I don't know about you all, but the prospect of snow is already freaking me out. Yes, it's all pretty for the first week or so, but after that, it quickly gets old. But alas, it is inevitable and one of the drawbacks of living in a great place like Chicago. So we might as well deal, right? Well, the New York Attorney General has released a statement on how to avoid fraud when choosing a snow removal service. Many of these principals could be really be applied to hiring anyone and are quite useful.
Source: Fox 23
- Obtain several quotes to plow your driveway. This will give consumers a good sense of the range of prices currently being offered.
- Don't accept a quote simply because it's the lowest. If a quote is very low, the contractor may run out of money before the winter season is over or the contractor may not have money to pay for repairs when a vehicle breaks down.
- Use a contractor that has been in business for a few years. The winter season brings out many people who decide to get into the snowplowing business. New businesses may have the best of intentions, but may not have the necessary experience.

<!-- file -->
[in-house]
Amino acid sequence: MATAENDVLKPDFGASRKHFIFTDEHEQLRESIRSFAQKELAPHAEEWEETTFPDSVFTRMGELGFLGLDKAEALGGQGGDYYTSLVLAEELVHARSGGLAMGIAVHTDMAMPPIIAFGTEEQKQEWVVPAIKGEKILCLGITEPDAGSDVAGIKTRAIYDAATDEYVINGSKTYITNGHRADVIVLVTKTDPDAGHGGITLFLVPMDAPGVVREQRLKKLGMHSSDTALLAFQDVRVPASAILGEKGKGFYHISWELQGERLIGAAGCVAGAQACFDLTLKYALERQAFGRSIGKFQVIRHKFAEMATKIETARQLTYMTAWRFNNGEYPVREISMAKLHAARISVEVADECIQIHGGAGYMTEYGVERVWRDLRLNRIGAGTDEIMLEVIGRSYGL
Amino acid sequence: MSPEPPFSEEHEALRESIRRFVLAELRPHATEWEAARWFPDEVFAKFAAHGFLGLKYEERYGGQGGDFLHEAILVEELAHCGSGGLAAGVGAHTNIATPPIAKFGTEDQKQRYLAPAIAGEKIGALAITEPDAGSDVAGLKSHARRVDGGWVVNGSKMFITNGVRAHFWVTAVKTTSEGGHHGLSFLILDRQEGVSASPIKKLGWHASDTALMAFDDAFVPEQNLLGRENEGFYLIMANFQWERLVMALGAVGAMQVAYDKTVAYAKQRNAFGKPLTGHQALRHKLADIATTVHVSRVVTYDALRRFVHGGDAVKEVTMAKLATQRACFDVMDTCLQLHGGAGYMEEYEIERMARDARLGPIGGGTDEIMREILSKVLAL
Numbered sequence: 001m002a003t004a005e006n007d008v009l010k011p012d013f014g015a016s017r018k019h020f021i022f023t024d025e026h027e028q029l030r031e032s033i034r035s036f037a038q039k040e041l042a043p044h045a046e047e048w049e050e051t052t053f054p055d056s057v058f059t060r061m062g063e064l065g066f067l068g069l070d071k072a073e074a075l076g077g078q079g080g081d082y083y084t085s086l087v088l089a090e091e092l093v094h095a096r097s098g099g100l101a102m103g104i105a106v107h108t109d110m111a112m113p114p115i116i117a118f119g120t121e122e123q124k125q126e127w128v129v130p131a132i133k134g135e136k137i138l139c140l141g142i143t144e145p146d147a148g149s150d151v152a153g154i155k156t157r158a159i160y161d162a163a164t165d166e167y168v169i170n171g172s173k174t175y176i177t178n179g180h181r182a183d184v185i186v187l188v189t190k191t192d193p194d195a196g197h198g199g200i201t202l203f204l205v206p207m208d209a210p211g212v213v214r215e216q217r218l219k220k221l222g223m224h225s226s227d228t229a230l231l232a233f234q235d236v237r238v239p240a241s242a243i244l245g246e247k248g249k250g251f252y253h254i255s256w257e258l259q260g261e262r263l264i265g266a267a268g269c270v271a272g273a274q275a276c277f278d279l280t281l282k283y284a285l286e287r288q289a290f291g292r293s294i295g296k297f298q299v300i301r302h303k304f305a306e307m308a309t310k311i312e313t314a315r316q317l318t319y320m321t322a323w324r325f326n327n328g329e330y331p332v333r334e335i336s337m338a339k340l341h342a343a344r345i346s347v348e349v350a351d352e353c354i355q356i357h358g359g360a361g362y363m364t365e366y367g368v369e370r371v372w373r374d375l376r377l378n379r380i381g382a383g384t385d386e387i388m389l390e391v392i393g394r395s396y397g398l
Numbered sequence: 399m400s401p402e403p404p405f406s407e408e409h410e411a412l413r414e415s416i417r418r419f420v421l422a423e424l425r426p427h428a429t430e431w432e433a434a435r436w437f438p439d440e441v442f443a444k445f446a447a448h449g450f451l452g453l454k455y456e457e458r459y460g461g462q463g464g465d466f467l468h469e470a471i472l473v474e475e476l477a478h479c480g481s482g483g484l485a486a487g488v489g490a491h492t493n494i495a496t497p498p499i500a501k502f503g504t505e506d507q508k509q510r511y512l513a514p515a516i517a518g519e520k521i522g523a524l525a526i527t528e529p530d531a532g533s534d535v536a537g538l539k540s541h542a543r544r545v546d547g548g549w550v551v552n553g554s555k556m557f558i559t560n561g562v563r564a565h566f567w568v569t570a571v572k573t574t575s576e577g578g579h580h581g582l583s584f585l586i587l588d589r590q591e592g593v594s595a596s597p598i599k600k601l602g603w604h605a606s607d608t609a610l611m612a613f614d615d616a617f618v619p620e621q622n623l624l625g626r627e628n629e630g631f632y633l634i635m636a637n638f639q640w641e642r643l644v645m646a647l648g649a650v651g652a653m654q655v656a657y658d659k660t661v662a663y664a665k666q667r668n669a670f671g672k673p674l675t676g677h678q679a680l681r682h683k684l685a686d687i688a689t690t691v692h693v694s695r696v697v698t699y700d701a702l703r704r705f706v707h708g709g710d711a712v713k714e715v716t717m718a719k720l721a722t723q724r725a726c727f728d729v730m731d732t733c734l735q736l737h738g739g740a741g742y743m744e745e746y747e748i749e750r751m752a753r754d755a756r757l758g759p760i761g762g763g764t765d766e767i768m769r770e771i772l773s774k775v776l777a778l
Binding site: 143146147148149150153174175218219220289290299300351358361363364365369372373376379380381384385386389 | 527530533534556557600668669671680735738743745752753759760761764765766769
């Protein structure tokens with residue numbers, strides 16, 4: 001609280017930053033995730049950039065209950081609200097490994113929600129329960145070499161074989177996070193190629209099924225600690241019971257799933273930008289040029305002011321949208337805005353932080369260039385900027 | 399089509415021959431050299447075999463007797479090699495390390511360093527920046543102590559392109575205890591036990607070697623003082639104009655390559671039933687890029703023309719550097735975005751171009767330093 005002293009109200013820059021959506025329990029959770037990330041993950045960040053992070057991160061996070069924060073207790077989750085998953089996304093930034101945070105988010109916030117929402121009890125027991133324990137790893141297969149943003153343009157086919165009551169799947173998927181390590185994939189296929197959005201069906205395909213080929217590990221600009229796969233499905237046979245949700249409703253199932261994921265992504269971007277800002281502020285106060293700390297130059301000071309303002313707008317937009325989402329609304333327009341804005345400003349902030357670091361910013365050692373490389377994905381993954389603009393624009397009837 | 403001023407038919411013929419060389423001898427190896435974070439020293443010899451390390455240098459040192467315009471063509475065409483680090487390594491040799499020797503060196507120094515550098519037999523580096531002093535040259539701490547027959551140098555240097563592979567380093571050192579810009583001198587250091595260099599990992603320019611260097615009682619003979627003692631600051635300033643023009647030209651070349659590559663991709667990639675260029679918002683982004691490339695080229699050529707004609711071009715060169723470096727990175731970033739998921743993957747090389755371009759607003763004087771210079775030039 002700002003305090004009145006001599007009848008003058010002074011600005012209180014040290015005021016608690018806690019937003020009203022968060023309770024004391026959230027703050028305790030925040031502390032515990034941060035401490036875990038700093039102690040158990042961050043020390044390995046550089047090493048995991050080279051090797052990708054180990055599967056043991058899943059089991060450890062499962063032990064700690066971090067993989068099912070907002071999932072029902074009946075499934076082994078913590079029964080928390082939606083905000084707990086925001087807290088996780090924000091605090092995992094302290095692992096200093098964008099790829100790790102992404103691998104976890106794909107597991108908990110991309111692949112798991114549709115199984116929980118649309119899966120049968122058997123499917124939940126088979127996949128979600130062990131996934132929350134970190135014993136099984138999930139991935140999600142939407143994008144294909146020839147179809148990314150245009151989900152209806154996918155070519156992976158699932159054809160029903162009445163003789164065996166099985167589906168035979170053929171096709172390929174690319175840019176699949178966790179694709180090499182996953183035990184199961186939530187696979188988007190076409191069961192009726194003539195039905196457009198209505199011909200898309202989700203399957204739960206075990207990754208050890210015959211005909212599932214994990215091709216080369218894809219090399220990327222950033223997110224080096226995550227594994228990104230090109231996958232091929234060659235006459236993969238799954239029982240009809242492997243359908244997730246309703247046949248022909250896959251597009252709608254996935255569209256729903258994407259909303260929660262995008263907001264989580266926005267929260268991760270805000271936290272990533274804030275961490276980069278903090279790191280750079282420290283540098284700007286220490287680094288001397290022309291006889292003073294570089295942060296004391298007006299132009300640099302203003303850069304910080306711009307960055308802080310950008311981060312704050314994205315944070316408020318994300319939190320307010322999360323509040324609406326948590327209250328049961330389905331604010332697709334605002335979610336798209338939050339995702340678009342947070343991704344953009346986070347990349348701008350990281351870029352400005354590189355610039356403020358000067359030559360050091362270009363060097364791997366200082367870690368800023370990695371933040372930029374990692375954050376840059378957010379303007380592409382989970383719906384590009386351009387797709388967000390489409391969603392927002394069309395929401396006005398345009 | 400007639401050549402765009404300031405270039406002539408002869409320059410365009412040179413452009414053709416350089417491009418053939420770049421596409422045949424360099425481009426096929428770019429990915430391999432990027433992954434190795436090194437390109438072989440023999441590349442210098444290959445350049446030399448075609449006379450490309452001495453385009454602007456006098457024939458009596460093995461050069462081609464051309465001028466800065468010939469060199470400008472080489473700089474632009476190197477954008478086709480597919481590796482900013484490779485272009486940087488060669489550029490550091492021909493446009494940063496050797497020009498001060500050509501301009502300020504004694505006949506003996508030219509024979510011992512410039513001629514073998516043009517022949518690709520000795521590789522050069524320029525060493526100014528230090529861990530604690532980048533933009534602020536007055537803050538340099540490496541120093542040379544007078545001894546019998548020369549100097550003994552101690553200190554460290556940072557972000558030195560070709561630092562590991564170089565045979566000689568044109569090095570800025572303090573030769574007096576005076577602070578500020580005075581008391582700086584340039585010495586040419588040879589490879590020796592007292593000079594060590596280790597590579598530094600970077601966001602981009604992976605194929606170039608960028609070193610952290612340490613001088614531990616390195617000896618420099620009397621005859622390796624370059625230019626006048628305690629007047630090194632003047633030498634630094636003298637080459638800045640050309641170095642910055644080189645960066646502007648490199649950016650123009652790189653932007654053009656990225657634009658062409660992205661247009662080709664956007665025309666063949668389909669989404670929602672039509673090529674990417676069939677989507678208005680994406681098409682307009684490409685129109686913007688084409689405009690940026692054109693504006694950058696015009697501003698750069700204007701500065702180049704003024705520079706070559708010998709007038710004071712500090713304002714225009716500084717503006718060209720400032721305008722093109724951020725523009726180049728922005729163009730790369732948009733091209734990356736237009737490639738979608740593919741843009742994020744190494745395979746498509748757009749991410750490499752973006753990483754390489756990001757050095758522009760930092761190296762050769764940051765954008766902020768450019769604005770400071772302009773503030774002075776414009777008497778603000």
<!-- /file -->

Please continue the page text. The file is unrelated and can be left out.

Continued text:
- Check to see if your local government requires snow plow contractors to be licensed. If so, use a contractor who is licensed. Use a contractor who is insured and has proof of insurance.
- Check for complaints with the Better Business Bureau.
- Pay one half of the contract at the beginning of the season, and one half at the end to help ensure that services promised will be provided.
- Pay by check so you have proof of payment.
- Get a signed contract that has the name, address (do not accept a post office box) and telephone number of the snowplow operator. The contract should spell out how much snow must fall before the operator is required to plow your driveway.
- Obtain proof of identity of the contractor. Ask to see the contractor's driver's license and copy down the address and identification number. Copy down the license plate number of the vehicle that plows your driveway.
- If you have special requirements, spell it out in the contract (for example, if you are an emergency responder who must have your driveway plowed by 7:00 a.m to get to work — make sure it is in the contract).